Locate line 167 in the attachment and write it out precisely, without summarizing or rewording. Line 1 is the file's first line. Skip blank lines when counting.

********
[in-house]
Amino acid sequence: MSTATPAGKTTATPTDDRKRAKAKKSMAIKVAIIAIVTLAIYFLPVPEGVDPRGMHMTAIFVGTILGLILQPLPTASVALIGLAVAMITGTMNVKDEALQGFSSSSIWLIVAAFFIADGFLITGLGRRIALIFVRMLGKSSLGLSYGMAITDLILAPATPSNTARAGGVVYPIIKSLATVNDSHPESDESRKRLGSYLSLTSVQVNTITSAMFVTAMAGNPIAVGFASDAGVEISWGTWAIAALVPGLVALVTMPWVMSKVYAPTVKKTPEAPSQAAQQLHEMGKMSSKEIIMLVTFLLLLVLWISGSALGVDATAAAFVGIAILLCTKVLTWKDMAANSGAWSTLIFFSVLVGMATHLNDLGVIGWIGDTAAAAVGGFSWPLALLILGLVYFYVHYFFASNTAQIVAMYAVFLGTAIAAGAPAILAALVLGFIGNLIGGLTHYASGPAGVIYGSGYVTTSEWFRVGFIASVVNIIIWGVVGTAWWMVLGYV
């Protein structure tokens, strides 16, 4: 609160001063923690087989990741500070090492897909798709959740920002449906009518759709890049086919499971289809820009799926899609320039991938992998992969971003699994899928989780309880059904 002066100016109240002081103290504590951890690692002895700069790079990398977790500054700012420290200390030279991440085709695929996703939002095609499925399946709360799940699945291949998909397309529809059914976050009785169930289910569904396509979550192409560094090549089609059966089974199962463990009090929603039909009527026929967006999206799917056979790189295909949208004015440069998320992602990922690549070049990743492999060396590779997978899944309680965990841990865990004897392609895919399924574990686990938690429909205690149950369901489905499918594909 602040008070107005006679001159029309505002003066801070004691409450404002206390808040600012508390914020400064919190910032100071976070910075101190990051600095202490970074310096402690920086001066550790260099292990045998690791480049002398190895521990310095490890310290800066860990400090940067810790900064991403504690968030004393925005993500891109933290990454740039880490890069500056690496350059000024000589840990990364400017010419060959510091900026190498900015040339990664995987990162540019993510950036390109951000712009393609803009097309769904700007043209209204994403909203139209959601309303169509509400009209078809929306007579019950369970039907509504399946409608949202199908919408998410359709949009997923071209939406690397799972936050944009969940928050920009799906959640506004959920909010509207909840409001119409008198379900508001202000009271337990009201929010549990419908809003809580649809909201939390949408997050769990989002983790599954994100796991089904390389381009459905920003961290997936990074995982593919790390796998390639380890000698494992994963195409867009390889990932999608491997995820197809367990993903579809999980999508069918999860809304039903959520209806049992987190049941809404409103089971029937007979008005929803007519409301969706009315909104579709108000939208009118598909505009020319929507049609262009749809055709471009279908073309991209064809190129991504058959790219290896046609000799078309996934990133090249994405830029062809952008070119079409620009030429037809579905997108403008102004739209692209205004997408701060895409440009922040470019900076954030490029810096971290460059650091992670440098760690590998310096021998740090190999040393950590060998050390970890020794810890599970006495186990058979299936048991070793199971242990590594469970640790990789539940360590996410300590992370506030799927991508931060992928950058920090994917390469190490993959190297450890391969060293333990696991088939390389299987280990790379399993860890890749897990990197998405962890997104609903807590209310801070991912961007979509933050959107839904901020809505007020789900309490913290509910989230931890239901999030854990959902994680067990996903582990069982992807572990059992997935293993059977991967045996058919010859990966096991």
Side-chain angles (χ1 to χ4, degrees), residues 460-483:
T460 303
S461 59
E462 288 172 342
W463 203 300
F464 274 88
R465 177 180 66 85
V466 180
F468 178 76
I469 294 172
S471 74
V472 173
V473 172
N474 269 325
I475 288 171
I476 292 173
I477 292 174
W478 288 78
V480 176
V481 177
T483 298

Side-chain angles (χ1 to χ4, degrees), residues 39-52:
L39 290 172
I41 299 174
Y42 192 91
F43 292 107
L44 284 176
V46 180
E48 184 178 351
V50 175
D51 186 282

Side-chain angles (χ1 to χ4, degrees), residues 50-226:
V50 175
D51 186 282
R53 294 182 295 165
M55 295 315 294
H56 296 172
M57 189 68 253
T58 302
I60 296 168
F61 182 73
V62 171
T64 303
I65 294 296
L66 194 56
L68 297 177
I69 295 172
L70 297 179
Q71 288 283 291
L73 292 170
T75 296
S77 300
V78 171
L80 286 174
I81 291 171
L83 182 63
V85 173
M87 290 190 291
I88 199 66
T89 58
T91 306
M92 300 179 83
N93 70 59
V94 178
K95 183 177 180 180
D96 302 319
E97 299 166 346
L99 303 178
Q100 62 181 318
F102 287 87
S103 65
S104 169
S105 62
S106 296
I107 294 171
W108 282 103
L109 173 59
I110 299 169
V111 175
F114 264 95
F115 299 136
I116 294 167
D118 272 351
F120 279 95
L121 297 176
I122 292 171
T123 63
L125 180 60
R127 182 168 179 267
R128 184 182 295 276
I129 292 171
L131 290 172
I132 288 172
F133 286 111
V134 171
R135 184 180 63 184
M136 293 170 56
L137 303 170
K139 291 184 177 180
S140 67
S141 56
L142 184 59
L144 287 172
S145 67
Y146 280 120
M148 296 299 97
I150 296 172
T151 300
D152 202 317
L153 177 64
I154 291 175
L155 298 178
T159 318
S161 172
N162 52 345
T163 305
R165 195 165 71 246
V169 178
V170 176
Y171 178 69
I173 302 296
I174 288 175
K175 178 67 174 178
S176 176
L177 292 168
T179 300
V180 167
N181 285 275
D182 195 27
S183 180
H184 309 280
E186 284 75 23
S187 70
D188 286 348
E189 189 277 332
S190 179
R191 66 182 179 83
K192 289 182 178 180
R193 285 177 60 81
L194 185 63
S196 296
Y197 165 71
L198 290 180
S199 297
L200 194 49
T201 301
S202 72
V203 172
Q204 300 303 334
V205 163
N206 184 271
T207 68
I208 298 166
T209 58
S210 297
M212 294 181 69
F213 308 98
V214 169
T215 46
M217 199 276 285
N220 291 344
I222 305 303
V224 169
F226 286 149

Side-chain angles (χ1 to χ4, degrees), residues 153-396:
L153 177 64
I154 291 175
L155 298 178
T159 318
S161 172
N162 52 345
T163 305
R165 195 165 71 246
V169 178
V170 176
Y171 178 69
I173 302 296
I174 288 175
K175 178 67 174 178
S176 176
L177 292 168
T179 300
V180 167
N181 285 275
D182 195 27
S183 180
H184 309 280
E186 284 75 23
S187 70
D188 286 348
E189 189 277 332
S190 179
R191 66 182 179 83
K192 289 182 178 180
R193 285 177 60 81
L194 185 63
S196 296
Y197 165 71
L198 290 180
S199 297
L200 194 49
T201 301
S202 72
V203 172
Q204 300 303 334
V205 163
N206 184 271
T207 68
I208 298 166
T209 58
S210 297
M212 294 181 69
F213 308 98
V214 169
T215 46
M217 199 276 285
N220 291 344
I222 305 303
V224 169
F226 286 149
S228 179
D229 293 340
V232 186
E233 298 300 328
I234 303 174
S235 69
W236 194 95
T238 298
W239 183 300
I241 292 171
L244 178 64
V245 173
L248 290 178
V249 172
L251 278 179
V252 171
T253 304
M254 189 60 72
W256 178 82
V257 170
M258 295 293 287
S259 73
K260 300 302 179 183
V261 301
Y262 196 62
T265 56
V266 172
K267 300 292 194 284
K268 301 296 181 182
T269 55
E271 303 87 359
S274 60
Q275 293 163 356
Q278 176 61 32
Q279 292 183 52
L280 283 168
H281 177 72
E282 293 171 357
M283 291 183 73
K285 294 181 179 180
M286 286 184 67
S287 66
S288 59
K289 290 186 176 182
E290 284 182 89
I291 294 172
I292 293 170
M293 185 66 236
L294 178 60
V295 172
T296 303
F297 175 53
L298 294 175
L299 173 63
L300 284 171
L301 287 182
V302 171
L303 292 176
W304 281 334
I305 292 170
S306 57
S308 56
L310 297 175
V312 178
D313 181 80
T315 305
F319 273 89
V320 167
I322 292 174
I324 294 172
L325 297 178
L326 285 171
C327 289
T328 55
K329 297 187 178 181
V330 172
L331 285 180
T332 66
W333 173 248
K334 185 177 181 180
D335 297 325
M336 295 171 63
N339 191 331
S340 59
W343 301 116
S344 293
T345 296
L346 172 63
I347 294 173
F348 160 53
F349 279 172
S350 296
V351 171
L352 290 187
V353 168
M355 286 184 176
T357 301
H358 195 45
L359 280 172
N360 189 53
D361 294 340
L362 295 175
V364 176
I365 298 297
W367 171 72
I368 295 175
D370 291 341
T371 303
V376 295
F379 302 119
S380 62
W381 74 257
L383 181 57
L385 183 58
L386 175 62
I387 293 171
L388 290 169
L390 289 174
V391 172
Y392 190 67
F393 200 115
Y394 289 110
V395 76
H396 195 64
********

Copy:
F226 286 149